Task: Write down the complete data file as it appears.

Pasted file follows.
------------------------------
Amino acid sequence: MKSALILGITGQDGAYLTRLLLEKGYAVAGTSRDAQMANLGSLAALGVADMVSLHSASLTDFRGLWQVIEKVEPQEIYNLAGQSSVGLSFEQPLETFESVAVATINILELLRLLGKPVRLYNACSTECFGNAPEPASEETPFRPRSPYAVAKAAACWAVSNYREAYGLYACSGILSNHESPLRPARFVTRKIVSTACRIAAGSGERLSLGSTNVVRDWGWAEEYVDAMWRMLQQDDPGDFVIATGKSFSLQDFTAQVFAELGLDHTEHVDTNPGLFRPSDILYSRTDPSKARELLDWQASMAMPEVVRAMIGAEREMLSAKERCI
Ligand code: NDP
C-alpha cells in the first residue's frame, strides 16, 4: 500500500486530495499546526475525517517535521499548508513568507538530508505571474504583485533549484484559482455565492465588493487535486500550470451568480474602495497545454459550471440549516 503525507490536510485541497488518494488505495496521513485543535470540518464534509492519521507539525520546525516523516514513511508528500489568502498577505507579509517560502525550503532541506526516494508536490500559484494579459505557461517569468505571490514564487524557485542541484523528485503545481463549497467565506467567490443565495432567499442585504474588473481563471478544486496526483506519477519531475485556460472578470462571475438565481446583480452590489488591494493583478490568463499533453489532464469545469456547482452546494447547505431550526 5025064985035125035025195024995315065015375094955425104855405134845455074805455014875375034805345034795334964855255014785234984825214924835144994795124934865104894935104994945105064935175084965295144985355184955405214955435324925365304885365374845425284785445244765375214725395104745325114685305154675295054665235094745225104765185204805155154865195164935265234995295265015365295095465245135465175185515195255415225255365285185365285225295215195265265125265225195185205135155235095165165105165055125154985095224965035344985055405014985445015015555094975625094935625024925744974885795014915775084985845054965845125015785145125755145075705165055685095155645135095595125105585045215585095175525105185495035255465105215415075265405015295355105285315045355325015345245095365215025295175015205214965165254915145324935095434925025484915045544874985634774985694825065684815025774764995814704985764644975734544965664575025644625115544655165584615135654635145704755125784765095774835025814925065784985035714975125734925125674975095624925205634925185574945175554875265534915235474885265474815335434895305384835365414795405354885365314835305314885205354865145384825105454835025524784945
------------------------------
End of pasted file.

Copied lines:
Amino acid sequence: MKSALILGITGQDGAYLTRLLLEKGYAVAGTSRDAQMANLGSLAALGVADMVSLHSASLTDFRGLWQVIEKVEPQEIYNLAGQSSVGLSFEQPLETFESVAVATINILELLRLLGKPVRLYNACSTECFGNAPEPASEETPFRPRSPYAVAKAAACWAVSNYREAYGLYACSGILSNHESPLRPARFVTRKIVSTACRIAAGSGERLSLGSTNVVRDWGWAEEYVDAMWRMLQQDDPGDFVIATGKSFSLQDFTAQVFAELGLDHTEHVDTNPGLFRPSDILYSRTDPSKARELLDWQASMAMPEVVRAMIGAEREMLSAKERCI
Ligand code: NDP
C-alpha cells in the first residue's frame, strides 16, 4: 500500500486530495499546526475525517517535521499548508513568507538530508505571474504583485533549484484559482455565492465588493487535486500550470451568480474602495497545454459550471440549516 503525507490536510485541497488518494488505495496521513485543535470540518464534509492519521507539525520546525516523516514513511508528500489568502498577505507579509517560502525550503532541506526516494508536490500559484494579459505557461517569468505571490514564487524557485542541484523528485503545481463549497467565506467567490443565495432567499442585504474588473481563471478544486496526483506519477519531475485556460472578470462571475438565481446583480452590489488591494493583478490568463499533453489532464469545469456547482452546494447547505431550526 5025064985035125035025195024995315065015375094955425104855405134845455074805455014875375034805345034795334964855255014785234984825214924835144994795124934865104894935104994945105064935175084965295144985355184955405214955435324925365304885365374845425284785445244765375214725395104745325114685305154675295054665235094745225104765185204805155154865195164935265234995295265015365295095465245135465175185515195255415225255365285185365285225295215195265265125265225195185205135155235095165165105165055125154985095224965035344985055405014985445015015555094975625094935625024925744974885795014915775084985845054965845125015785145125755145075705165055685095155645135095595125105585045215585095175525105185495035255465105215415075265405015295355105285315045355325015345245095365215025295175015205214965165254915145324935095434925025484915045544874985634774985694825065684815025774764995814704985764644975734544965664575025644625115544655165584615135654635145704755125784765095774835025814925065784985035714975125734925125674975095624925205634925185574945175554875265534915235474885265474815335434895305384835365414795405354885365314835305314885205354865145384825105454835025524784945